GEOID MODELLING IN EGYPT
Gomaa M. Dawod
Currently on a temporally leave to: Umm Al-Quraa University, Holly Makkah, Saudi Arabia, Tel. +966501402093
This page is a voluntarily step to present a concise summary about geoid modelling trials and efforts in Egypt. It does not intend to serve as neither an official page nor a complete list about this issue. All interested geodesists and scientists in Egypt are encouraged to participate in such an effort, through sending fruitful comments and adding other materials on this topic. I appreciate any attempt to participate in the expansion of this page, and makes it freely available to all concerned individuals. I hope this step can lead to forming a scientific committee and a cooperative work about precise geoid modelling in Egypt.
The geoid has been an old geodetic interest within the geodetic community in Egypt very long time ago. A part of the definition of the Egyptian Geodetic Datum (EGD) in the early 1900s was the definition of a geoid undulation value. When EGD was defined in 1907, the Helmert 1906 International ellipsoid was chosen as a reference ellipsoid. Among other defining parameters, the geoid undulation (N) was set to zero at the Initial point of the geodetic networks (station F1 located at Al-Mouqatam mountain, East of Cairo). The national geoid of Egypt has been defined as the Mean Sea Level (MSL) computed at Alexandria tide gauge based on low and high water daily readings through the period 1898-1906 (Cole, 1944). Since 1907, the issue of geoid determination has been a central concern of the geodetic and surveying communities in Egypt. However, it becomes an essential demand as soon as the Global Positioning System (GPS) technique was extensively utilized in the surveying and mapping applications in Egypt, starting in 1985.
The geoid modelling and determinations in Egypt are grouped and summarized, in the following sections, on a date basis. Again, the collected materials are not a complete list on that topic, but they aim to provide a fine summary to the best of my knowledges.
Geoid modelling in Egypt in 1980s:
A milestone national geodetic research study has been carried out by Shaker (1982) aiming to perform, for the first time, a three-dimensional adjustment of the Egyptian geodetic networks in order to increase their reliability and precision.
The geoid solution of Alnaggar (1986) is considered the pioneering nation-wide (22N <latitude<32N, 25E<longitude <37E) geoid, developed using the Least-Squares Collocation (LSC) technique and heterogeneous geodetic data including terrestrial gravity, astronomic deflections of the vertical, and Doppler/levelling undulations. That geoid was relative to the WGS72 global geodetic datum.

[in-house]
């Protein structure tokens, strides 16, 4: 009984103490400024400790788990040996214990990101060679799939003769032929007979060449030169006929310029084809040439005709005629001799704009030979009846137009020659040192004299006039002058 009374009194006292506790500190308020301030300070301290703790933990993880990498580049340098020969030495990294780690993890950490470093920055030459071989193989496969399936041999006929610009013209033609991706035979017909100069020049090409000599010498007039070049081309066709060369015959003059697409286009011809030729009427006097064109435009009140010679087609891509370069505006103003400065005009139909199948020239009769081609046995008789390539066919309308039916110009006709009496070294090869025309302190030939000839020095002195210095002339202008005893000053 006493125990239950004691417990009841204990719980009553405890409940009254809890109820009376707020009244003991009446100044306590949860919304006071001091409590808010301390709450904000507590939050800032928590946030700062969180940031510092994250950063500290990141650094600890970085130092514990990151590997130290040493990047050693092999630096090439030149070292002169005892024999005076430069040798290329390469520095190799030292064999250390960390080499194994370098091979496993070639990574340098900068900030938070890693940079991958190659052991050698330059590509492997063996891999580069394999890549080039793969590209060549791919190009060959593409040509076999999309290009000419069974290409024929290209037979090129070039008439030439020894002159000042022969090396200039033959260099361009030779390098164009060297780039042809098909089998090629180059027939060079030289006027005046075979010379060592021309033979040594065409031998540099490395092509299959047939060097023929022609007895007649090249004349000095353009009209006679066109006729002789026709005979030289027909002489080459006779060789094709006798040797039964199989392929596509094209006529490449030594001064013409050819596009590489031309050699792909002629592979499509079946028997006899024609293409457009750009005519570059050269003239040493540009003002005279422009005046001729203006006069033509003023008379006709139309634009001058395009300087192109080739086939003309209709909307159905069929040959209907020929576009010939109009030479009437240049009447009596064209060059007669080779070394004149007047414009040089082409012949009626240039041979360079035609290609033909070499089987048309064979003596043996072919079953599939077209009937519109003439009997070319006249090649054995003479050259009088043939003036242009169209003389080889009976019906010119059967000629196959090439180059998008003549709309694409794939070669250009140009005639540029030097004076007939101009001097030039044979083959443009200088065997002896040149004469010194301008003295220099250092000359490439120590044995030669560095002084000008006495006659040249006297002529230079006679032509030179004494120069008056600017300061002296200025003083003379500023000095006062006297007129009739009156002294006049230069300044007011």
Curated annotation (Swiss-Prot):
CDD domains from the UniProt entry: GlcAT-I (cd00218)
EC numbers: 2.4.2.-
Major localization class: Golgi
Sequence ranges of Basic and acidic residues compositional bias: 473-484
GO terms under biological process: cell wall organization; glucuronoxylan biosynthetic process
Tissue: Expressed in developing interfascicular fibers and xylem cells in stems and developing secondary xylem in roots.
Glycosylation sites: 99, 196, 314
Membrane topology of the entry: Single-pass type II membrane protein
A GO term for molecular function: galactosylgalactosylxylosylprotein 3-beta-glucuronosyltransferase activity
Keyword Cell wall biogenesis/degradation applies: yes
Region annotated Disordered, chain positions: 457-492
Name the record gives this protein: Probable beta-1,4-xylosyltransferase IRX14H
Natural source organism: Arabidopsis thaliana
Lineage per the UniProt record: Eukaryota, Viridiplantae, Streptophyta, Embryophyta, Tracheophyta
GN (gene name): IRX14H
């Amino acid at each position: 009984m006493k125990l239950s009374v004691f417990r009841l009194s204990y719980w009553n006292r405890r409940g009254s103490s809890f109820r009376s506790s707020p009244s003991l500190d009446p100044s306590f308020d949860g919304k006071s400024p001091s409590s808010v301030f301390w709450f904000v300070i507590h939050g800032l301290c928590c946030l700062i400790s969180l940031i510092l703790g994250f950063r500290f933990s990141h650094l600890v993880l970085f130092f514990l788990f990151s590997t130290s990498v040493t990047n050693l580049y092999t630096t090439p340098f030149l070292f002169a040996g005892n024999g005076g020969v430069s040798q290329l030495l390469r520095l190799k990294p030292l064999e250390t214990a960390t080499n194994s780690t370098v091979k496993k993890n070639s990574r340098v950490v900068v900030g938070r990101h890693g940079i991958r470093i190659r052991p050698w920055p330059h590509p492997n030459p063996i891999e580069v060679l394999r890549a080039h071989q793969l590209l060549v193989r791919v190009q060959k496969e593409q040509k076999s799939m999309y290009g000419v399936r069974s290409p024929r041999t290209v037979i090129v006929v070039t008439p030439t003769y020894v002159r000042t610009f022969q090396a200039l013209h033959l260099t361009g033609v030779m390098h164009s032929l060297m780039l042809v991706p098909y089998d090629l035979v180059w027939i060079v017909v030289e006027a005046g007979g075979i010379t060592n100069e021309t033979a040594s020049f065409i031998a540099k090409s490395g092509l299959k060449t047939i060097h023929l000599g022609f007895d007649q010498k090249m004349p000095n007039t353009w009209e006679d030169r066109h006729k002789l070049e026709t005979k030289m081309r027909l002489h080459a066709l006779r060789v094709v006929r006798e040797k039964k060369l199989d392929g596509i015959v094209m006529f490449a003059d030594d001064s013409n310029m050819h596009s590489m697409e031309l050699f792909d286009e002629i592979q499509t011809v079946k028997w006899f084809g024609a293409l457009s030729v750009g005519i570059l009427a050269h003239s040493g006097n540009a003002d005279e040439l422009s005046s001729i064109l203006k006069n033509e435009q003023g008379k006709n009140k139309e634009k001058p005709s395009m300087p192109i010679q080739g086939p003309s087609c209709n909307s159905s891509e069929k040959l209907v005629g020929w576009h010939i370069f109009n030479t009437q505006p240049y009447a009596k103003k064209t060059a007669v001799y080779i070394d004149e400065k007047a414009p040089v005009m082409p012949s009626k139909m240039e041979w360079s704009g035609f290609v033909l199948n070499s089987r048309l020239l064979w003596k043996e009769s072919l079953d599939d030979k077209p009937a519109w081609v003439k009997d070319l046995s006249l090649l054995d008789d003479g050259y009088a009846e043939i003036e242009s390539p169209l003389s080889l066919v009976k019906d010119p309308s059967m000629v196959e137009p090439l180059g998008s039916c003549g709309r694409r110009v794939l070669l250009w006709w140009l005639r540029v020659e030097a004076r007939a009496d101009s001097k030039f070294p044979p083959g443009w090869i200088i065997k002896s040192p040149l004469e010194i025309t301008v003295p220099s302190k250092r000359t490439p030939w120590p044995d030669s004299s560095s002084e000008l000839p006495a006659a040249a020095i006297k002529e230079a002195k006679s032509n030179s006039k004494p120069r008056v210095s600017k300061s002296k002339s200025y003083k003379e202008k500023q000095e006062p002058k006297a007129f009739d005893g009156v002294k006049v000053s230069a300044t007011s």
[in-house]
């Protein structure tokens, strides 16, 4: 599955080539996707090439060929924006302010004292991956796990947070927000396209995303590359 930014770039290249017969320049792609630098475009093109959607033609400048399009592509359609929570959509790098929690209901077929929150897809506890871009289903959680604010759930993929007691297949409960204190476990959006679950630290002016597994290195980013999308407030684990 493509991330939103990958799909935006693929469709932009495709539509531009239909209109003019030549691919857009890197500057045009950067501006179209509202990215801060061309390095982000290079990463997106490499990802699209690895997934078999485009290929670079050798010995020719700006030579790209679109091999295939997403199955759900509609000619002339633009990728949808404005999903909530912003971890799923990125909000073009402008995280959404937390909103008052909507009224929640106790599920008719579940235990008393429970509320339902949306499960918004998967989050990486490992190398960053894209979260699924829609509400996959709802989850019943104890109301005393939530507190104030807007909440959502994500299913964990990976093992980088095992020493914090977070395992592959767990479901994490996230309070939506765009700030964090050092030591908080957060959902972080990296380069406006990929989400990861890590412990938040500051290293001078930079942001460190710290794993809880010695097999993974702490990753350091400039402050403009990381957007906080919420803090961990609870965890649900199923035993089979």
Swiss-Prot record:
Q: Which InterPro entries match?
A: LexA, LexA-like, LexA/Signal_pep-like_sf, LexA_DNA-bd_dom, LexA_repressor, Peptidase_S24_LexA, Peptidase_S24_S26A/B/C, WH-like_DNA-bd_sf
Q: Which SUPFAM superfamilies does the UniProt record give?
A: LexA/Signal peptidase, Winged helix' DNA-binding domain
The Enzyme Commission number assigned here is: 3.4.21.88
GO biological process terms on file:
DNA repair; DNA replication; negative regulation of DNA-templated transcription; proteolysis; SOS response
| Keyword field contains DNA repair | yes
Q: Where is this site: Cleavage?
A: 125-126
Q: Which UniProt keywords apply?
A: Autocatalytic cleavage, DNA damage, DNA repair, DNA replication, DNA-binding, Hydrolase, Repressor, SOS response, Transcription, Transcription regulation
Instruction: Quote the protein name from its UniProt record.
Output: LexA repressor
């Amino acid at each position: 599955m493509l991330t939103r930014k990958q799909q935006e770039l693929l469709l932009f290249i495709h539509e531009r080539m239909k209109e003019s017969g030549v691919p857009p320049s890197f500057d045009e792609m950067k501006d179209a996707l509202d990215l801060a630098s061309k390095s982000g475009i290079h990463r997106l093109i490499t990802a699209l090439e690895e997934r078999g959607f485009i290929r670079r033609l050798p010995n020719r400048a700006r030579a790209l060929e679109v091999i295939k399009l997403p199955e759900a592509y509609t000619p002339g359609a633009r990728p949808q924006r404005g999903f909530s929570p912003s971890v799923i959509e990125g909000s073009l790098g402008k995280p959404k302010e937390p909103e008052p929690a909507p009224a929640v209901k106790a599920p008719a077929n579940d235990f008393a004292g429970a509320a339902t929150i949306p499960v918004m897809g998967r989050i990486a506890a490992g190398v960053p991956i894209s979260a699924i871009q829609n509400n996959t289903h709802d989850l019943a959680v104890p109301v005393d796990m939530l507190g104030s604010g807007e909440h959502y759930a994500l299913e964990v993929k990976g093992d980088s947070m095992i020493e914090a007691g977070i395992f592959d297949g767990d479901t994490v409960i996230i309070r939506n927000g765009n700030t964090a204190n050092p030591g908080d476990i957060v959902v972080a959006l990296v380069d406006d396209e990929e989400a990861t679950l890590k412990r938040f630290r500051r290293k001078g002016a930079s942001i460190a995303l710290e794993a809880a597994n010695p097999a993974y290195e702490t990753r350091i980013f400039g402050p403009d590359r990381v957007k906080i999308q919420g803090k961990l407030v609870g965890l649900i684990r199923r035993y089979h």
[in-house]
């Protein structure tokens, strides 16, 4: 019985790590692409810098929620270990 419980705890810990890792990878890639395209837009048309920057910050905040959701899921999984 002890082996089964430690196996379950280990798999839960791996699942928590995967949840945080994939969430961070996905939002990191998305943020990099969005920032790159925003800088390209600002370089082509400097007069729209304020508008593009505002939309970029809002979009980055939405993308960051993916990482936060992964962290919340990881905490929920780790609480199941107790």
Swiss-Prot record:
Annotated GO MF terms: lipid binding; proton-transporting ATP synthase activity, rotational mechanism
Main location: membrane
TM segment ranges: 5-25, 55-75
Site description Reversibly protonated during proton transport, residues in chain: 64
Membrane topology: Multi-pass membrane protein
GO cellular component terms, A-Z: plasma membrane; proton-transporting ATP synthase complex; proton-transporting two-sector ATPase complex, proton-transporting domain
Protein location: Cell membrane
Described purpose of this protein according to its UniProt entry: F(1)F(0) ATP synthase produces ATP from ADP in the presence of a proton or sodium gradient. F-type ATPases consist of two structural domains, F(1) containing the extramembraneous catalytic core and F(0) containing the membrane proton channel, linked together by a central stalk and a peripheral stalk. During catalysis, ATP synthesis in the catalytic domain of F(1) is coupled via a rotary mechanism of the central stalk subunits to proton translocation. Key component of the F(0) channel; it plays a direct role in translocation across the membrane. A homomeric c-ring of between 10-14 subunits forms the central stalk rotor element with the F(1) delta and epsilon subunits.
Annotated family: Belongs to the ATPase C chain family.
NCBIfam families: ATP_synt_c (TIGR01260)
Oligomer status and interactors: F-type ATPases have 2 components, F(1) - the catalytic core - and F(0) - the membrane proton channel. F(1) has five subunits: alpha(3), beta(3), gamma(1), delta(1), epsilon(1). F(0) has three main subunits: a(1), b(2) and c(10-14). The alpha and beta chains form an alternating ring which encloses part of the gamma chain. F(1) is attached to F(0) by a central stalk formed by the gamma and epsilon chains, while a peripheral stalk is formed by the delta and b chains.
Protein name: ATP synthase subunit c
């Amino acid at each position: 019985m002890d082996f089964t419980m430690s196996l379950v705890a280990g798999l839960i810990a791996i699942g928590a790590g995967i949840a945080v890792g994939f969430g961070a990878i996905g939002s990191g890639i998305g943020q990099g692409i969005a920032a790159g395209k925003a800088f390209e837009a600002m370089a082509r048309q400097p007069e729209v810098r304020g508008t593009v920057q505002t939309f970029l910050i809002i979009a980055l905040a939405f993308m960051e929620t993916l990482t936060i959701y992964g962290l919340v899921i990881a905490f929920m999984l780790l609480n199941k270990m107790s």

Geoid modelling in Egypt in 1990s:
El-Tokhey (1993) has developed a geoid relative to the GRS80 datum using gravity, astronomic, Doppler, and GPS data. Additionally, Saad (1993) has investigated the accuracy improvements and the redefinition of the Egyptian vertical control networks.
Nassar et al. (1993) has developed the Ain Shams University (ASU93) national geoid solution. It was based on applying the least-squares collocation processing strategy to heterogeneous datasets including astro-geodetic deflections of the vertical,, gravity data from different sources, geometric satellite derived information. This geoid was relative to the WGA84 global geodetic datum.
El-Sagheer (1995) has applied the FFT techniques using a global geopotential model combined with terrestrial gravity data and heights from a local DTM (called DTM-95), which was used to predict free-air gravity anomalies in void areas.
El-Shazly (1995) has investigated the redefinition of the vertical datum of Egypt based on Analyzing Sea Surface Topography (SST) and levelling by GPS.
Shaker et al. (1997) has developed a combined geoid where two types of geoid undulations (gravimetric and GPS-derived) are integrated in a unique solution.
Two very important achievements in the field of geodesy in Egypt have been completed in the 1990s: They both advance the geoid determination on a national scale. These milestones are:
(a) In 1995, two national GPS geodetic control networks have been established, by the Egyptian Survey Authority (ESA), to furnish a nationwide GPS skeleton for surveying and mapping applications (ESA 1995). The first network is the High Accuracy Reference Network (HARN) that covers the entire Egyptian territories and consists of 30 stations with approximate separation of 200 Km. The relative precision level of HARN is 1:10,000,000. The second network is the National Agricultural Cadastral Network (NACN) that is mainly covers the Nile valley and the Delta. NACN consists of 112 stations, with a station separation of 50 Km approximately, whose relative precision is 1:1,000,000.